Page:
Asmaradana : full orchestra
by Betty Beath (1977, this version: 1994)
Score SampleView a sample of the score of this work
Selected products featuring this work — Display all products (6 more)
This item may be available to purchase from the Australian Music Centre.
Please contact our Sales Department to confirm pricing and availability.
Library shelf no. CD 2825 [Not for loan]
$41.82Add to cart
Library shelf no. Q 784.2/BEA 1 [Available for loan]
Display all products featuring this work (6 more)
Asmaradana, a Javanese song form reserved for themes of heroic or tragic love, originates from the courtly life and music of Central Java. Already well-established by the eleventh century, it endures even today as a well-loved form of expression. I discovered this music through my interest in the poem 'Asmaradana' by the influential Javanese writer and poet Goenawan Mohamad. I originally set this poem for voice and piano using thematic material from a gamelan performance and drew on that material for this orchestral tone poem. I had the great pleasure of introducing this work to an audience in Jakarta, when it was included in a performance given by the Tasmanian Symphony Orchestra conducted by Richard Mills during the Music of Australia program held during the Trade and Cultural Mission in Jakarta, Australia Today Indonesia 94.
Year: 1977, this version: 1994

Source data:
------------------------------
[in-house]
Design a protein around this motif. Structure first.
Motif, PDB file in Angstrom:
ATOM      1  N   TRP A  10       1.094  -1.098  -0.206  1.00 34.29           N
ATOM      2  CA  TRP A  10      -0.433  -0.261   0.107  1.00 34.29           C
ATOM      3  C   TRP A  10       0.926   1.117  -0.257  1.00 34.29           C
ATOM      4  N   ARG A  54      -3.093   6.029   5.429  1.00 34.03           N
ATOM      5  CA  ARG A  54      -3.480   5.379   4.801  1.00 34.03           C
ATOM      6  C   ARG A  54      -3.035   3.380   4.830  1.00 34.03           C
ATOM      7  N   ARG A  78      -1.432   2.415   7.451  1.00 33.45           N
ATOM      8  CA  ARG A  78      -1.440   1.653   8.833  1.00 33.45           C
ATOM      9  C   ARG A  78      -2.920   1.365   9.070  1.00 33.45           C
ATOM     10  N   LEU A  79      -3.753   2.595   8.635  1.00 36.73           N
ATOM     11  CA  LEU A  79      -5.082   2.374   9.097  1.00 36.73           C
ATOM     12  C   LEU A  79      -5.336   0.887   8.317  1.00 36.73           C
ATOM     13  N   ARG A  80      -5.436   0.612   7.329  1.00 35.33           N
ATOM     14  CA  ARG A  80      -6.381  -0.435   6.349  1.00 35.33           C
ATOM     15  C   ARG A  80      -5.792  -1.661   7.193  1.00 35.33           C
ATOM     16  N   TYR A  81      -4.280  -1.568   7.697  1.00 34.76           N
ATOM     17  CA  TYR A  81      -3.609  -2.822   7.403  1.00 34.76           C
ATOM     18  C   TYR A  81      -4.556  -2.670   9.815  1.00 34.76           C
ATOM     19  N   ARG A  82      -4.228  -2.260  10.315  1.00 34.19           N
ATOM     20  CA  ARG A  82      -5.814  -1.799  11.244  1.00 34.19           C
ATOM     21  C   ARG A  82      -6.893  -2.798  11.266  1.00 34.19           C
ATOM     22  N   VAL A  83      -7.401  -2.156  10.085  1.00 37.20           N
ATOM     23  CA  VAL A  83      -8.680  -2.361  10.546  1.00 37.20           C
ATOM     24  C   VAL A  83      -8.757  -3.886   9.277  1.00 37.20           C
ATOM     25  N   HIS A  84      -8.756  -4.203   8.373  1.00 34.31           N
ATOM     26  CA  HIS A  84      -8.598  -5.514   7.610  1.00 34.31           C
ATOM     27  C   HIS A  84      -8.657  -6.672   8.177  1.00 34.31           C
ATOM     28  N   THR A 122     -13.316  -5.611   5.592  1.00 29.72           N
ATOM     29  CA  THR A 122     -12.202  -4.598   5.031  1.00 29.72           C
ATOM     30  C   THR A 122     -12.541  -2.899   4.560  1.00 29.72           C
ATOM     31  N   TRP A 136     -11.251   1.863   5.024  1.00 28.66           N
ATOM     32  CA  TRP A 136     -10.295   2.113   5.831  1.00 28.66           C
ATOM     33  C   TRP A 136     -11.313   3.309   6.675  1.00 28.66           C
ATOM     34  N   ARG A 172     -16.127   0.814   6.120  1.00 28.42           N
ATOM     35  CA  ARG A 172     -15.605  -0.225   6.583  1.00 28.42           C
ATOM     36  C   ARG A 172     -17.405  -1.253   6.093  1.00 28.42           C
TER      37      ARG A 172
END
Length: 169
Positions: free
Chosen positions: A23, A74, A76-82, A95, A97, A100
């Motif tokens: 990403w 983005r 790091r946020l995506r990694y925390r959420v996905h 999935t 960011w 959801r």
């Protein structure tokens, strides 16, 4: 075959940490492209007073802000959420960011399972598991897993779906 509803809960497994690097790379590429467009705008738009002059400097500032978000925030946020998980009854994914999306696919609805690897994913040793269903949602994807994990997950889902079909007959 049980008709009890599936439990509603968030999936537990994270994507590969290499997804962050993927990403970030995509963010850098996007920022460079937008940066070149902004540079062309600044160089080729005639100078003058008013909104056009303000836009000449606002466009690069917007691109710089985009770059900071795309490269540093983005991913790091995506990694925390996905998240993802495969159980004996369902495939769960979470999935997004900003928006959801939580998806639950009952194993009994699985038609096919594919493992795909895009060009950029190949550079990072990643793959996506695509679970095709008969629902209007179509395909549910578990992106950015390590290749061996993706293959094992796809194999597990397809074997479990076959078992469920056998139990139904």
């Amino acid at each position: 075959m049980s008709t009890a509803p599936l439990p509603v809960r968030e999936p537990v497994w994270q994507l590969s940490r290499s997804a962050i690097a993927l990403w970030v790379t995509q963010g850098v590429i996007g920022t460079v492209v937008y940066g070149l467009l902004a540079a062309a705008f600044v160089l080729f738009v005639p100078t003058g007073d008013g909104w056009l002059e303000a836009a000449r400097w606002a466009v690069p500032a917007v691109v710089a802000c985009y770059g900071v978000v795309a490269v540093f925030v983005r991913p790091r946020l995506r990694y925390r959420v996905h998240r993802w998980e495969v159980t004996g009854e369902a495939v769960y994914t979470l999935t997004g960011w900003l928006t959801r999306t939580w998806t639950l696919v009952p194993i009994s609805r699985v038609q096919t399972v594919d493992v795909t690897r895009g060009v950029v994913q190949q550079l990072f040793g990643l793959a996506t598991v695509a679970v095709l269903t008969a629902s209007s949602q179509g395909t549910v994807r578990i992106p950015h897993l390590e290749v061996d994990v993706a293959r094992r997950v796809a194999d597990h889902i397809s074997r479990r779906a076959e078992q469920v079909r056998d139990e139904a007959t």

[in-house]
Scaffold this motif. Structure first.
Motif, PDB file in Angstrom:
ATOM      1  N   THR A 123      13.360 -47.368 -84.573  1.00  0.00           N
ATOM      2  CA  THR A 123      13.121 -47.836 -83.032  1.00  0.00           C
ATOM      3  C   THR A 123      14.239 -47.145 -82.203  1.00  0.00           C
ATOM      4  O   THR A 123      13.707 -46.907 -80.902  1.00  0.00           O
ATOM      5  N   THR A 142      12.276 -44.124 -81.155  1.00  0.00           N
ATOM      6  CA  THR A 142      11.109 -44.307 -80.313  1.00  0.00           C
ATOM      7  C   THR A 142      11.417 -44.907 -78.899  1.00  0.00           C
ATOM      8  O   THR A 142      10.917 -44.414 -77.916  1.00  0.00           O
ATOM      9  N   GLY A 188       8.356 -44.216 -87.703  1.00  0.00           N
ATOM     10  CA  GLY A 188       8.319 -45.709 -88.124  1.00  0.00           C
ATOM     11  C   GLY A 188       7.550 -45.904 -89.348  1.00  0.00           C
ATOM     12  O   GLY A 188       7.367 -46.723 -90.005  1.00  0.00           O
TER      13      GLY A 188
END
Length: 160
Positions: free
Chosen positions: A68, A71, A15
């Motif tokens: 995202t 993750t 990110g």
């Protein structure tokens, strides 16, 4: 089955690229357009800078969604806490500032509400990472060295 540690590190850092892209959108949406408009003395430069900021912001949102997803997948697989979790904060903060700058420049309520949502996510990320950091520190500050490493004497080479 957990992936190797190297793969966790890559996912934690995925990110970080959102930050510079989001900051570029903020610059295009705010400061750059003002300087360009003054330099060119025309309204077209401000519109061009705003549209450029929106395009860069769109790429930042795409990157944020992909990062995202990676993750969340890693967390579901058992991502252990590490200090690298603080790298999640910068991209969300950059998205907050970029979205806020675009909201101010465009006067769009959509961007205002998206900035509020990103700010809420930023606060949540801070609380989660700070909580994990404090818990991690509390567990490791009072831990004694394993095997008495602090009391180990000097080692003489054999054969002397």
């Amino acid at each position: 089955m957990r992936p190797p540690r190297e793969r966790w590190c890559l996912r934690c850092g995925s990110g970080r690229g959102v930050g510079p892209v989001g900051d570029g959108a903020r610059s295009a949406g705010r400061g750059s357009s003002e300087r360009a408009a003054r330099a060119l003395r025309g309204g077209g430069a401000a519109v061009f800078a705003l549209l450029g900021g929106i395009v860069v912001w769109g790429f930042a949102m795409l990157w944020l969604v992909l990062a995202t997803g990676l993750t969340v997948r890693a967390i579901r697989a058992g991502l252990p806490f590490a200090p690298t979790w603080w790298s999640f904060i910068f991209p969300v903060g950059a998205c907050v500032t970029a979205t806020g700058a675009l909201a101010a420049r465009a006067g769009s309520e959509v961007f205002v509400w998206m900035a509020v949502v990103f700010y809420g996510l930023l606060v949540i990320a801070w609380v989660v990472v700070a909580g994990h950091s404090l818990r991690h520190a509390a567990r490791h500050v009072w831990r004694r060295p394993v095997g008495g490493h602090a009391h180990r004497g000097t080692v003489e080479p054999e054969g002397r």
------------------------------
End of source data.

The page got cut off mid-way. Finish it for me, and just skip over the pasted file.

Instrumentation: 2 flutes, 2 oboes/cor anglais, 2 clarinets in B flat, 2 bassoons, 2 horns in F, harp, piano, timpani, percussion (2 players: vibraphone, glockenspiel, suspended cymbal, tam tam), strings.
Duration: 5 min.
Dedication note: Dedicated to Tasmanian Symphony Orchestra
Asmaradana is the name given to a Javanese song-form reserved for songs of love. The classic form of the asmaradana was well established in the 11th century and continues as a well-known well-loved form of expression today. The theme of heroic, tragic love is reserved for the Asmaradana song form.
Asmaradana by Betty Beath
"Asmaradana", a Javanese song form reserved for themes of heroic or tragic love, originates from the courtly life and music of Central Java. Already established by the eleventh century, it endures even today as a well-loved form of expression. In this story, from the poem by Goenawan Mohamad, Damarwulan farewells his love Anjasmara as he leaves to join in battle and meet his death as various omens predict.
- Inspired by: Indonesia
Performances of this work
Be the first to share your thoughts, opinions and insights about this work.
To post a comment please login.